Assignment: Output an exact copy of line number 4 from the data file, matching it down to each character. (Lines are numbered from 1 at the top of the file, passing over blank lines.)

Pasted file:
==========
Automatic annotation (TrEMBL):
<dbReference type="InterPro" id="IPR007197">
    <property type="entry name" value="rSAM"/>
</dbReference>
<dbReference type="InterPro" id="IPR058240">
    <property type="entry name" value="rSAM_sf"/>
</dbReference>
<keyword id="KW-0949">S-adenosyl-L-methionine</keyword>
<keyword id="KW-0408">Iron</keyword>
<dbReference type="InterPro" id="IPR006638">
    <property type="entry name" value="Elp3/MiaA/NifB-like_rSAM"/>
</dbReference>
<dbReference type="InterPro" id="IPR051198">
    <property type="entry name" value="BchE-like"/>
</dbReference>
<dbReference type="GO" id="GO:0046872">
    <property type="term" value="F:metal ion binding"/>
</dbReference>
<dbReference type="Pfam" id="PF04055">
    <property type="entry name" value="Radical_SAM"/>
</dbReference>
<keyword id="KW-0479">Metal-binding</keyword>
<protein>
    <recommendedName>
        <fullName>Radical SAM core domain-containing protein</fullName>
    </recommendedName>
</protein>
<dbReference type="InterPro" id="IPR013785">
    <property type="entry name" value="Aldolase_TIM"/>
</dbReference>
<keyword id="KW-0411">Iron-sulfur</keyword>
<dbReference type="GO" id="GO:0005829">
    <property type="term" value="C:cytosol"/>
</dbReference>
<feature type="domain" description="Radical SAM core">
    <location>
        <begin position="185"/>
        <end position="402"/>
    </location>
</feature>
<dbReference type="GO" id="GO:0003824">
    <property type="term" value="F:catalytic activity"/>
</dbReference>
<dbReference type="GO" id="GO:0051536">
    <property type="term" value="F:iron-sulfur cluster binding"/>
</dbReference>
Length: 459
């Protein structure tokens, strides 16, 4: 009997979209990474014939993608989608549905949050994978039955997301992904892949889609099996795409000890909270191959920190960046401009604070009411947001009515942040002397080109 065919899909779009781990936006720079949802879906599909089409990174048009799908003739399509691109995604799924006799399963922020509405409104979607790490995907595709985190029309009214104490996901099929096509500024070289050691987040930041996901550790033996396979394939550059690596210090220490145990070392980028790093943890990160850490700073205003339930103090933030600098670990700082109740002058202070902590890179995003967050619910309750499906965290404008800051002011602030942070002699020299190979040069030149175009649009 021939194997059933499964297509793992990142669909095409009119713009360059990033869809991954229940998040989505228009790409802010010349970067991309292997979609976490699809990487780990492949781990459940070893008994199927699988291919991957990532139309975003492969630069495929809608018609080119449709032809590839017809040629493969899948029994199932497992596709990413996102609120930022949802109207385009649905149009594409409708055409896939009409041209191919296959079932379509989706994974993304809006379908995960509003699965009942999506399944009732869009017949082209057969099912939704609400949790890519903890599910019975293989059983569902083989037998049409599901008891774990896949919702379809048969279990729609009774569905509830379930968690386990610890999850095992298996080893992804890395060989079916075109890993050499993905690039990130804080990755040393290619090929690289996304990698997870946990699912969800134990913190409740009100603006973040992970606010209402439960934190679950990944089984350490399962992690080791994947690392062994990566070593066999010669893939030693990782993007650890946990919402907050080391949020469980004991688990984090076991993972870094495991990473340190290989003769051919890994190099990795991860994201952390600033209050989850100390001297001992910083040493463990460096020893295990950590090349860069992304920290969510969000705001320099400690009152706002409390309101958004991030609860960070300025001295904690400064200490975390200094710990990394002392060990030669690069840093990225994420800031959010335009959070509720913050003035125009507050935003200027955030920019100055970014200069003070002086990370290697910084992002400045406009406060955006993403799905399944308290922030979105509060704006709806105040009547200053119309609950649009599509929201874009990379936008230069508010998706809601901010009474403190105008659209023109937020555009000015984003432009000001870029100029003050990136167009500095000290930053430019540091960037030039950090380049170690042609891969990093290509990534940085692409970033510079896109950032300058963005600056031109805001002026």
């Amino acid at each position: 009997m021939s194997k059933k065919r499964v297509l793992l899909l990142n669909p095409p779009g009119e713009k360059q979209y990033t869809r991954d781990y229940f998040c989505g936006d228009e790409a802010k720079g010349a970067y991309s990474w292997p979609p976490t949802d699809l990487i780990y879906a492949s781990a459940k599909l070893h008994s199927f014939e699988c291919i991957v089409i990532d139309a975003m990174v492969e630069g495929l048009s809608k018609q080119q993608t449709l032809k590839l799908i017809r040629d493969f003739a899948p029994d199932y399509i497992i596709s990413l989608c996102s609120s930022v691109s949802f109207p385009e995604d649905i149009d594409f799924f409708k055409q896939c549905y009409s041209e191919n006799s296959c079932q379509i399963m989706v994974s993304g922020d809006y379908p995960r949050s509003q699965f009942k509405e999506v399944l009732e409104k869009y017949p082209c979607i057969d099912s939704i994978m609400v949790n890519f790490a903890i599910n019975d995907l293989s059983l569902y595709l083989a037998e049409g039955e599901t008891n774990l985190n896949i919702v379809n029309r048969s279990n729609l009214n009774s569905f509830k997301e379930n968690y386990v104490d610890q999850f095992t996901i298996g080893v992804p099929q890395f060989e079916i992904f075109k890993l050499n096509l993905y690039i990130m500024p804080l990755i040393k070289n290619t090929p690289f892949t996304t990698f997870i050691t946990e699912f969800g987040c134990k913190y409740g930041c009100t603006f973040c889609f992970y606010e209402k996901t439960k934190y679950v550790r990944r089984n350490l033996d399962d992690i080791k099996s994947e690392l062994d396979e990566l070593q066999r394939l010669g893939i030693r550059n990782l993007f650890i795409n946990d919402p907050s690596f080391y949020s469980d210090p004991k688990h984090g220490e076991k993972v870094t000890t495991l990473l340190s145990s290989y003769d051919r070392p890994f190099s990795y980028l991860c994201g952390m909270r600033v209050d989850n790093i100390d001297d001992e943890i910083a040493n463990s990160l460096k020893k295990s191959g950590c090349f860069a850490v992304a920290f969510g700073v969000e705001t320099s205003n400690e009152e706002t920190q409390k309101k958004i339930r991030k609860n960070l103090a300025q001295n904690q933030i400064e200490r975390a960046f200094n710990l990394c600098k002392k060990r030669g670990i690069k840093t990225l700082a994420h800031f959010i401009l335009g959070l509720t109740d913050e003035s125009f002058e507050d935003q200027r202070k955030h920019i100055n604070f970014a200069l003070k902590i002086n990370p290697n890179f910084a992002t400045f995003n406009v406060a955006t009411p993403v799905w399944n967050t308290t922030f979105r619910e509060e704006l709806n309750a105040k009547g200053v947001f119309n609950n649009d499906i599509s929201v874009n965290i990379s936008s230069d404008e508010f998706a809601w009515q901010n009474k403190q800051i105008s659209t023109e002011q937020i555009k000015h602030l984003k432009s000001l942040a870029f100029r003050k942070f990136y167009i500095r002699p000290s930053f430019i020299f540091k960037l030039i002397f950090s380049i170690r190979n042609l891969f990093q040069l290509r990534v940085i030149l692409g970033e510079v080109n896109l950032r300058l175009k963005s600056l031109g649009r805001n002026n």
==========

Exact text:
</dbReference>